Richard Bucker

Logging in is hard to do

Posted at — Jul 1, 2011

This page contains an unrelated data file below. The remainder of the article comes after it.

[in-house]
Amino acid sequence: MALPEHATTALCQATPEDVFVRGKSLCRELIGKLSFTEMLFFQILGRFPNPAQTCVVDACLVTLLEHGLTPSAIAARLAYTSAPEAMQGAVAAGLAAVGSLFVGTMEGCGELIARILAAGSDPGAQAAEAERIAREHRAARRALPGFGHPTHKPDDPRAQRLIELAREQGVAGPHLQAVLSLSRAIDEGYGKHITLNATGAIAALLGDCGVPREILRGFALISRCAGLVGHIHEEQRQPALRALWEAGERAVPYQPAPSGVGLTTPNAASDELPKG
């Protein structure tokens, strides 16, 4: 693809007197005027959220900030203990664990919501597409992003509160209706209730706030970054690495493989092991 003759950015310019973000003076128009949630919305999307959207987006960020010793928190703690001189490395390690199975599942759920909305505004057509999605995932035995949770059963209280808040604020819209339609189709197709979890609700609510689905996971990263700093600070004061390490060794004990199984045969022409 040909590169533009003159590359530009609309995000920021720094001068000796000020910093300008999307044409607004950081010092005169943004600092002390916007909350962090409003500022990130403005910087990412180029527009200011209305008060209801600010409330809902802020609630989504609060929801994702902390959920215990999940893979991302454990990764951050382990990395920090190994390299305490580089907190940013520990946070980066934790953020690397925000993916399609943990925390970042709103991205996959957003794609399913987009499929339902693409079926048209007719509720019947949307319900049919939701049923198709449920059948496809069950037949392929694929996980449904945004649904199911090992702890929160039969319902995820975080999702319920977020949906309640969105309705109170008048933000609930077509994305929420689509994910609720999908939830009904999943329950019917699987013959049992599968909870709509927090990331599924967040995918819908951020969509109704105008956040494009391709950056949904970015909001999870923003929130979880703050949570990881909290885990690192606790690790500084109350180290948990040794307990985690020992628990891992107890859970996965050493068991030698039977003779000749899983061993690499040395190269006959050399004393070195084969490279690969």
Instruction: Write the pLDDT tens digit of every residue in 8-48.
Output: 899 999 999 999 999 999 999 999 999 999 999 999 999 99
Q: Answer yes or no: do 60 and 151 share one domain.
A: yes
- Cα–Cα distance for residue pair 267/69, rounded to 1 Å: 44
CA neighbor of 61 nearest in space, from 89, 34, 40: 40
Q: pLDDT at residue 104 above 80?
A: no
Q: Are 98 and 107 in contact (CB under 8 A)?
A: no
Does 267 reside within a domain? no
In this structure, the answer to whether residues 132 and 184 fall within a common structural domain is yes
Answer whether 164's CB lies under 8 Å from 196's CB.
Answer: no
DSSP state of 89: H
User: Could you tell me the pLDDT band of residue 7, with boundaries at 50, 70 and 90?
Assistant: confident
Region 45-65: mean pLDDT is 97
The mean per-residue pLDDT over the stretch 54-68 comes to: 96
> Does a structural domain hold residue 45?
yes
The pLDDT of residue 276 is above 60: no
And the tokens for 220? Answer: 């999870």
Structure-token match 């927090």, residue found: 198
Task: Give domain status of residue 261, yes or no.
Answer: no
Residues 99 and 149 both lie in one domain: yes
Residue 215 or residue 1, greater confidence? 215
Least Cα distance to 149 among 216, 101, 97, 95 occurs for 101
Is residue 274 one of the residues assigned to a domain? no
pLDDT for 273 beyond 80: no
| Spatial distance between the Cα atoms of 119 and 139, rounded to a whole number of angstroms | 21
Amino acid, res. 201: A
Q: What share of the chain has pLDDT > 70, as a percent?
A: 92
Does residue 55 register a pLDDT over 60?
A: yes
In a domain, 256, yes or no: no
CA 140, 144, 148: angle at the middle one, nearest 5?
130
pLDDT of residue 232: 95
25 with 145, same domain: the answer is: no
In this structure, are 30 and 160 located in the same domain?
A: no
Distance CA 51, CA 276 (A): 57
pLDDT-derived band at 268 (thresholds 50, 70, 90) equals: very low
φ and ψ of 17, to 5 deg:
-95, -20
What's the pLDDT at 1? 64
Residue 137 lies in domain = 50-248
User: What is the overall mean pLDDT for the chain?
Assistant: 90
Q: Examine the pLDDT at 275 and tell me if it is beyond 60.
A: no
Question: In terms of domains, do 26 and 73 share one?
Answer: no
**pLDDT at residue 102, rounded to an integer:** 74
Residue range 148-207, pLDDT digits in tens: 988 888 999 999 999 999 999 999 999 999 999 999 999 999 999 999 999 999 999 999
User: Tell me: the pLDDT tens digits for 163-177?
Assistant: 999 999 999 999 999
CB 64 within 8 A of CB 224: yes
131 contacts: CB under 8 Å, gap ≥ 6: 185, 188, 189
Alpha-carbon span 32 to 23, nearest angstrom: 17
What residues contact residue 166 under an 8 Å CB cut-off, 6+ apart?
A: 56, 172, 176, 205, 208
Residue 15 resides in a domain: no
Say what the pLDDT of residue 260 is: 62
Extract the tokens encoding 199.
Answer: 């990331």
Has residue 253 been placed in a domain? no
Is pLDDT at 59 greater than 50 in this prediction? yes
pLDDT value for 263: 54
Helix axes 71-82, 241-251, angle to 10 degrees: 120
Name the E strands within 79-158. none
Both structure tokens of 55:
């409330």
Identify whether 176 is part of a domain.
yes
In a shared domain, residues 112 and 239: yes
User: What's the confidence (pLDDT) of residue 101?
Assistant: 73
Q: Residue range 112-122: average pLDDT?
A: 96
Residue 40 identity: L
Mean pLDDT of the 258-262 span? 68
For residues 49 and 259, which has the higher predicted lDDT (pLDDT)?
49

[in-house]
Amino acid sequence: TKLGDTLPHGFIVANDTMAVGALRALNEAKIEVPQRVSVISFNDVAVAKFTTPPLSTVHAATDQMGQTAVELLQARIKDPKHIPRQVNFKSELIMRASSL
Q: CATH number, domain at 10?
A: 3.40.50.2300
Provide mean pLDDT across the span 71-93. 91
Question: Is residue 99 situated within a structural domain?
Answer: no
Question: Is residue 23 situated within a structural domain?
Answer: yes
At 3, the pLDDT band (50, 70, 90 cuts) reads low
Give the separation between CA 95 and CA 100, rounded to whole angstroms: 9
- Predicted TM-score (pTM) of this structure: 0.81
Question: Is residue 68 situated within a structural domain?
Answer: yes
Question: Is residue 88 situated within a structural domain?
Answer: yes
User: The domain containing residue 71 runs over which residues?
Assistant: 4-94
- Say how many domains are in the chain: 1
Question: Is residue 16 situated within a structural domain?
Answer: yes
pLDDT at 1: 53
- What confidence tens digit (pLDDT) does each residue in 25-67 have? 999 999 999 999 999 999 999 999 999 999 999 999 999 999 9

Services like Twitter and Facebook have created APIs so that 3rd party developers can write applications that can take… take advantage of their infrastructure, add features that are missing, and a host of other motives.The one motive that we fail to remember when someone reports that Mark Zuckerberg get’s a Google+ account is that it’a all about marketing. I feel certain that long before it was announced about MZ his team had already performed a competitive analysis. The rest was just press from one side or the other.Which brings me to my next observation… If you are a startup or a wanna-be startup. You might see yourself going to VCs for money. While on the surface that makes some sense, however, social networking is all the rage and organic growth is ok but VCs want to see explosive organic growth… cough cancerous growth. So your first stop should be an advertising or marketing company. Not VC.And sliding back into APIs let’s talk security. When you are in your favorite app and they ask for some facebook credentials. Hold off. You should NEVER enter you username and┬ádefinitely┬ánot your password. Sometimes your applications will launch a popup that looks like a login screen from whatever your remote system is (like facebook) but STOP!!! and cancel the current operation.First you should log into your service (facebook or twitter etc). Then go back to the application and repeat the operations. This time the application will not prompt you for your credentials. It will slide to the part where it asks for permission. And then it’s going to display the types of permissions it wants.The facebook permissions are very scary so read them carefully. One such permission allows the application to access your personal information any time they see fit. This does not seem like a problem today, however, some day you may have some important info that it truly secret. I hope MZ is listening and builds a data vault into the system.